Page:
So I found some Sherry Cooking Wine ($6 CAD) at my supermarket and I don't want to go and shell out too much money on a real bottle of wine just for a stew, is it possible to use cooking wine like Sherry Cooking Wine as the base of the stew?

If it matters, the meat will probably be lamb or beef.

The cooking wine in question:


  • 21
    You can surely buy a bottle of actual wine for something like the same price. Commented Nov 9, 2017 at 15:27
  • 1
    Using sherry instead of red wine will give a very different stew, regardless of whether it's marked for "cooking" or not. Is "red" really what the recipe calls for? Because you've made them the same thing in your question and they're not even close.
    – Beanluc
    Commented Nov 9, 2017 at 19:15
  • 1
    Okay, comments got a bit out of hand here. If you want to say something along the lines of "use wine that you'd drink", please write an answer. If you want to chat about wine, use Seasoned Advice Chat.
    – Cascabel
    Commented Nov 9, 2017 at 21:29
  • 3
    I want to remind people who want to answer: if you agree with what is already written, please don't post a separate answer but upvote the existing one. And if you just want to suggest a brand to buy, this is not considered an answer here. Yes, I know that the current top answer contains a bit of a brand advice, but it only has a lot of other information not repeated in other answers.
    – rumtscho
    Commented Nov 10, 2017 at 17:50

6 Answers 6


"Cooking wine" is unfortunately ubiquitous on US mega-mart shelves. It is notoriously bad. I mean really, really notoriously bad. It starts bad, and then they add obscene amounts of salt so that it can be sold on grocery store shelves for $6. As pointed out by @Malvolio, "salted wine is supposed to be disgusting! Many US states have special licensing requirements for any store that wants to sell alcohol, even wine and beer, but wine that is so heavily salted it cannot reasonably be consumed directly is exempt." The salt literally makes it undrinkable, so underage and other sales that would otherwise be illegal aren't an issue. The added salt also ups the shelf life, but not nearly enough to justify the sensory assault of these stunningly awful "wines". Canadian "cooking wine" is the same thing, just with different levels of salt just like the 50 states.

(these are just examples, all "cooking wine" brands on US grocery store shelves are the same level of truly insulting):

Cooking wines from Walmart website

Skip the cooking wine. Go to a liquor store and look at the inexpensive bottles of wine. You might be surprised - bargains abound.

Incidentally, if you don't generally love to drink wine but occasionally like to cook with it, you might try what I do. I keep a bottle of inexpensive but good dry sherry and another bottle of inexpensive but good dry vermouth tightly capped in the fridge. Those wines, along with marsala, port, and others are fortified with liquor, giving them a much longer refrigerated-after-open shelf life than normal wine. Fortified wine can often replace the wine in recipes, at an equal or slightly reduced volume of the non-fortified wine called for. Sherry is often actually called for in Chinese and other Asian recipes, and dry vermouth can generally sub for "dry white wine" in recipes.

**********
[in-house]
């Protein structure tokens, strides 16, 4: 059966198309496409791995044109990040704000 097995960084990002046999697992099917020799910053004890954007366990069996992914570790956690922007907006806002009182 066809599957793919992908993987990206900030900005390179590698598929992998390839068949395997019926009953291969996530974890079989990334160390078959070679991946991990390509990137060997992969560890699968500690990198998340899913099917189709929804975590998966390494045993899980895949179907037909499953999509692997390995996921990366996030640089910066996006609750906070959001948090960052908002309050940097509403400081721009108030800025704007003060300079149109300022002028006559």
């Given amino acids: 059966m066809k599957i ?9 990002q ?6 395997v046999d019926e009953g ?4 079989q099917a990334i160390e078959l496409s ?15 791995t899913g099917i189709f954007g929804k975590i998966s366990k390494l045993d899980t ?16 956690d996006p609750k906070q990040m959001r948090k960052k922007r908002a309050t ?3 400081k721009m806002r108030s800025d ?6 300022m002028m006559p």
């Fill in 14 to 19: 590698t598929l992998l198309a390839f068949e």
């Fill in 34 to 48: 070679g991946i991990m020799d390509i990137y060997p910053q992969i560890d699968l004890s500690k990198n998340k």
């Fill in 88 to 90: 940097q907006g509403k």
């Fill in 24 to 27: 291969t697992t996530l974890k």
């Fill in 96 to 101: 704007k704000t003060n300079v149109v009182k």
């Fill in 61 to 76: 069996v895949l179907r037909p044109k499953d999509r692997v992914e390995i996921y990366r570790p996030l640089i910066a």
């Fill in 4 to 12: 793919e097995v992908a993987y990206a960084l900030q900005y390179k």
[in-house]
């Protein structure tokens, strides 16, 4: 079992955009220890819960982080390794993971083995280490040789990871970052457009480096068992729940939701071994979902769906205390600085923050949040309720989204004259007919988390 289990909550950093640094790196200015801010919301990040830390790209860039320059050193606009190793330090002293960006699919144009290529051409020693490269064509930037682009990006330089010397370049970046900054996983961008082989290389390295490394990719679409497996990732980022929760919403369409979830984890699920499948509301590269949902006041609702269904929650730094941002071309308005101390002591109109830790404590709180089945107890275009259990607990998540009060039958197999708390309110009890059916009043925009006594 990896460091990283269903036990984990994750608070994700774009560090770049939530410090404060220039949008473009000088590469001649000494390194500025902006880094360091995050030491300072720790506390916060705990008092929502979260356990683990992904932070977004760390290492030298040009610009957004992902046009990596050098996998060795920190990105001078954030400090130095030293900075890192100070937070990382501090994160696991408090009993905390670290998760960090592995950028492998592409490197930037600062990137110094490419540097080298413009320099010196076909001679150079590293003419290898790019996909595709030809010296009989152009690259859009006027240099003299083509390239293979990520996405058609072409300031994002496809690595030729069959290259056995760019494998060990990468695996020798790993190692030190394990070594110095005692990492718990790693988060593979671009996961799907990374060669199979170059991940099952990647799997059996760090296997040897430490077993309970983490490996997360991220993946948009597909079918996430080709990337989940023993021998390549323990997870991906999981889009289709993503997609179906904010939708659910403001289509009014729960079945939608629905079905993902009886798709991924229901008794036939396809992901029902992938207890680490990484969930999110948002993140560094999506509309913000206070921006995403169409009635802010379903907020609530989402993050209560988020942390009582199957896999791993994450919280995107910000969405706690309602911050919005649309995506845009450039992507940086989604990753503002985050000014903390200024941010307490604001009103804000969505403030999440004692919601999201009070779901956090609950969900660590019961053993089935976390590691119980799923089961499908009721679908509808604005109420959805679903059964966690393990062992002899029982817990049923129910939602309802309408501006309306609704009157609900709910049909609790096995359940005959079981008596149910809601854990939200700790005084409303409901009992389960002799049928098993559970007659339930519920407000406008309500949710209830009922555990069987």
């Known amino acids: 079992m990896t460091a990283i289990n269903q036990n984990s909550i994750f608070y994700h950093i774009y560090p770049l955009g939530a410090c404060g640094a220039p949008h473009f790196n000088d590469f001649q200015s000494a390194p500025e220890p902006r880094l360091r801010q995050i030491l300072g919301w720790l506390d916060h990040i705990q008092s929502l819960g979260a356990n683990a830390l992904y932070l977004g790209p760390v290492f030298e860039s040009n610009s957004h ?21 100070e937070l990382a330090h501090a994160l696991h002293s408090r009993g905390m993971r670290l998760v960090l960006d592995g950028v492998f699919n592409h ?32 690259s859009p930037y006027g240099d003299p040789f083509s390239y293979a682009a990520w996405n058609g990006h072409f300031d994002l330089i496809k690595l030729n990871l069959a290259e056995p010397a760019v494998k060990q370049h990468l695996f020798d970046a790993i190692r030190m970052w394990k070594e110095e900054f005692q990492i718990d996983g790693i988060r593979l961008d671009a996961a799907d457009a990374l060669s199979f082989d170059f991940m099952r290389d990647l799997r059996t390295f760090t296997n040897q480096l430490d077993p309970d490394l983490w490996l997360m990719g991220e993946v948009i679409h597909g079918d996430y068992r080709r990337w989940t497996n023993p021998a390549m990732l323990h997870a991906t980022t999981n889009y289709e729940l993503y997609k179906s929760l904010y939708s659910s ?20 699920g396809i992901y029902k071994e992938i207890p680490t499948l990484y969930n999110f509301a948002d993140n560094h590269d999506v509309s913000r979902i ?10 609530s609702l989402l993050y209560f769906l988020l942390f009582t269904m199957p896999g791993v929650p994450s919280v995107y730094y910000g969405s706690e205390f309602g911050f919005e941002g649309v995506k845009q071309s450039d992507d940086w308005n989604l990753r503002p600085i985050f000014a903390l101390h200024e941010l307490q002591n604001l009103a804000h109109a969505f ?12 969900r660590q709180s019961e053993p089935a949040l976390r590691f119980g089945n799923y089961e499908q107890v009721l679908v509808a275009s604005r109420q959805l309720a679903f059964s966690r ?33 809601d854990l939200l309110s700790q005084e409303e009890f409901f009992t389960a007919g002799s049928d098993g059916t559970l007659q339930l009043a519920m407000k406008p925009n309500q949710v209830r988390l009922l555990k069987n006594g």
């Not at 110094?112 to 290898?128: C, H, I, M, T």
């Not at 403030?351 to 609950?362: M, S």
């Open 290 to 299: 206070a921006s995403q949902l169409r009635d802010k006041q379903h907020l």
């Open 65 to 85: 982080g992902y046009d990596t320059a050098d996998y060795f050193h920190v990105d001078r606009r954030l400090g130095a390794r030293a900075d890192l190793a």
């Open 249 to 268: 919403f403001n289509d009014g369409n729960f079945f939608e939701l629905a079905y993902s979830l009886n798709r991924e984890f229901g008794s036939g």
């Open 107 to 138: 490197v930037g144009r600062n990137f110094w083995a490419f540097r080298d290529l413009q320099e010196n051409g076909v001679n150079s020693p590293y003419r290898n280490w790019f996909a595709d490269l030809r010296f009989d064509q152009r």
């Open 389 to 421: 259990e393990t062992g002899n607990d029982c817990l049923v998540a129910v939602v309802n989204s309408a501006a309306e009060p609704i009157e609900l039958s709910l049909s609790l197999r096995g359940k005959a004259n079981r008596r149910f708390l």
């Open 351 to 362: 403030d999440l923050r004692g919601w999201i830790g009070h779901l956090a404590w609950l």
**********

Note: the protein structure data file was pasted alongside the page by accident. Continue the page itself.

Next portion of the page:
Cook's Illustrated says:

Our recipes often call for dry white wine. Its crisp acidity and lightly fruity flavor add depth to everything from pan sauces and pasta to risotto and steamed mussels. The problem? Standard wine bottles are 750 milliliters, and our recipes rarely call for more than 1 cup (roughly 235 milliliters) of wine. That leaves us with most of a bottle to finish in a matter of days. Dry vermouth, which can be substituted for white wine in equal amounts in recipes, is a convenient alternative. Like Marsala and sherry, vermouth is wine that’s been fortified with a high-proof alcohol (often brandy), which raises its alcohol content and allows to it be stored in the refrigerator for weeks or even months after opening.

I buy the dry vermouth recommended as the best buy by those same folks at Cook's Illustrated/America's Test Kitchen, which sells for $6-$8 in the liquor store that connects to the grocery store (barely more expensive than the hideous salt bomb on the grocery store shelf).

Gallo Dry Vermouth

One of the Sherries recommended by the Cook's Illustrated taste test clocked in at under $6:

Taylor Dry Sherry

  • 22
    Another alternative for folks who don't go through wine quickly might be "boxed" wine. While it's not a great visual aesthetic at a candle-lit table, the quality of the contents can be sufficient, and unlike bottles you don't have to deal with air exposure spoiling what you don't use immediately.
    – tjd
    Commented Nov 9, 2017 at 14:08
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    In Germany, wine is also sold in small (beer sized) bottles, and usable qualities for cooking can be had for say €2 - just stock some of these :) Commented Nov 9, 2017 at 20:32
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    @Jolenealaska - I had to switch to a heart-healthy diet, and was amazed when I saw the salt content in cooking wine. Drinking wine may cost a little more, but it's cheaper than a heart attack. :) Commented Nov 9, 2017 at 20:56
  • 2
    What to do with extra wine is not an issue for me, not because I always guzzle the rest, but because of Vacu-vin. vacuvin.com Commented Nov 9, 2017 at 22:10
  • 1
    As with others from Europe, in the UK one can buy real wine at £2.99 for 75cl. I wouldn’t advise it: it’s disgusting (I have experience) but it’s still real wine which one has to be 18 to buy. I’ve never seen salted wine, although I’m sure it exists. Also I have a feeling that licensing laws are very different in the UK because almost every shop (right down to corner shops) sells alcohol - I can’t think of a (non halal) shop that sells food and not alcohol, in fact.